• Shut Up and Play the Hits

    Everything's crystal clear when you first set out to conquer the world, but by the time your band has decided to dismantle, things aren't so simple. In February 2011, James Murphy, founder and leading member of LCD Soundsystem, posted a message on the band's official website informing fans that on April 2nd the band would play their last live show before breaking up.

  • Anaparastasis: Life & Work of Jani Christou (1926-1970)

    Jani Christou (1926-1970) is considered a major figure in 20th Century avant-garde music, although nowadays he's virtually unknown. His premature death in a tragic accident on his birthday, robbed the contemporary music scene of one of the most fascinating and provocative talents in the world.

  • Spitfire: Back to Zero

    The incredible story of one of the best heavy metal bands in the country. Spitfire had everything going for them until one day, lead singer Dinos Kostakis was involved in a tragic accident that forced him to retire from the stage after sustaining a serious injury.

  • Andrew Bird: Fever Year

    Introduced to the wonderful world of music at the tender age of four, Chicago-born singer/songwriter Andrew Bird is the closest thing to a musical genius – complete with epic melodies and esoteric lyrics - the indie folk scene has seen in the past couple of decades.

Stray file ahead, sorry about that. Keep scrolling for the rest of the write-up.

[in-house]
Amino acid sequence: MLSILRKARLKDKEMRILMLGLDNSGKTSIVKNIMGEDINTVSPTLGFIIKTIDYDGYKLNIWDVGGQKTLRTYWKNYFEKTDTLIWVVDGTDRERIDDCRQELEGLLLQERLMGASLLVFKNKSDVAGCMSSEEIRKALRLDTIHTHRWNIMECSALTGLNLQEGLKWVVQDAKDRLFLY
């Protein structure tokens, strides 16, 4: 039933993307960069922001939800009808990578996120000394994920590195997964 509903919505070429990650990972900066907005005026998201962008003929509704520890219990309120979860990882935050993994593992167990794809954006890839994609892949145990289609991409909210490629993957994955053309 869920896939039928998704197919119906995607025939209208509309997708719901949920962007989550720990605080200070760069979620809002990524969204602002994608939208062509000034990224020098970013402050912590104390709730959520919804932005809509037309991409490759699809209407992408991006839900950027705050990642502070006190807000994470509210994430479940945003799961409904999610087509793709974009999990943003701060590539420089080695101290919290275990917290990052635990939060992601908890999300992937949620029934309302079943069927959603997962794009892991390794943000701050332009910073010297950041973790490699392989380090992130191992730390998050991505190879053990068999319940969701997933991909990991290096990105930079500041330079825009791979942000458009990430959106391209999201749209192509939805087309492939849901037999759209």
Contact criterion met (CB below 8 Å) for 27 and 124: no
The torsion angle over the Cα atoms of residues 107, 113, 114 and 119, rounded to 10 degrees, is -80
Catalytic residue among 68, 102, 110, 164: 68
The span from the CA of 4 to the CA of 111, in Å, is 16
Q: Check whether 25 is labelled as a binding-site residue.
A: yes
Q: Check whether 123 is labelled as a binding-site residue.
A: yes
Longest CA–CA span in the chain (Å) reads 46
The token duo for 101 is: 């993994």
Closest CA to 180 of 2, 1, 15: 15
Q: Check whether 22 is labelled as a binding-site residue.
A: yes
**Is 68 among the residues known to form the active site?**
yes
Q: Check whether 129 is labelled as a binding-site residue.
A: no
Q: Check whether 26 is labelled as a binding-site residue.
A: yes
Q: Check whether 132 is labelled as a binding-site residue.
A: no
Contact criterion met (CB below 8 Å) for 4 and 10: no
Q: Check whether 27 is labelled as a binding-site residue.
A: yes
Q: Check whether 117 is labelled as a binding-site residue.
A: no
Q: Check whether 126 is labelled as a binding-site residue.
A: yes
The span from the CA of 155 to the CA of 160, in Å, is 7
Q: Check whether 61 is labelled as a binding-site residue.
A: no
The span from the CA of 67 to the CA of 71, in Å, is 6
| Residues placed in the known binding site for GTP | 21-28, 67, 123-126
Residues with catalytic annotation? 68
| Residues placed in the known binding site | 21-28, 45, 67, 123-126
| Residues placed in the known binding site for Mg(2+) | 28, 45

• Jason Becker: Not Dead Yet

    Melodic solos, lightning-fast riffs and shreds made in heaven: Jason Becker could do it all, a child prodigy just a few years shy of becoming a guitar hero. At age 15 he started Cacophony, whose neo-classical scales, dualguitar harmonies and impossible tempos made speed metal junkies think they died and went to heaven.

  • Marley

    After the global experiment of "Life in a Day", Oscar-winning director Kevin Macdonald ("One Day in September") is back on the festival circuit with a portrait of reggae legend Bob Marley. Far removed from your run-of-the-mill hagiographies, the British director attempts a detailed and objective documentation of the life and times of the Jamaican musician.

  • Searching for Sugar Man

    Back in 1968, two notable US music producers discovered Mexican-American Sixto Rodriguez in a bar in Detroit, enthralled by his folk origins and prophetic lyrics. They put out two albums together, which turned out to be total commercial failures and Rodriguez dropped off the face of the earth.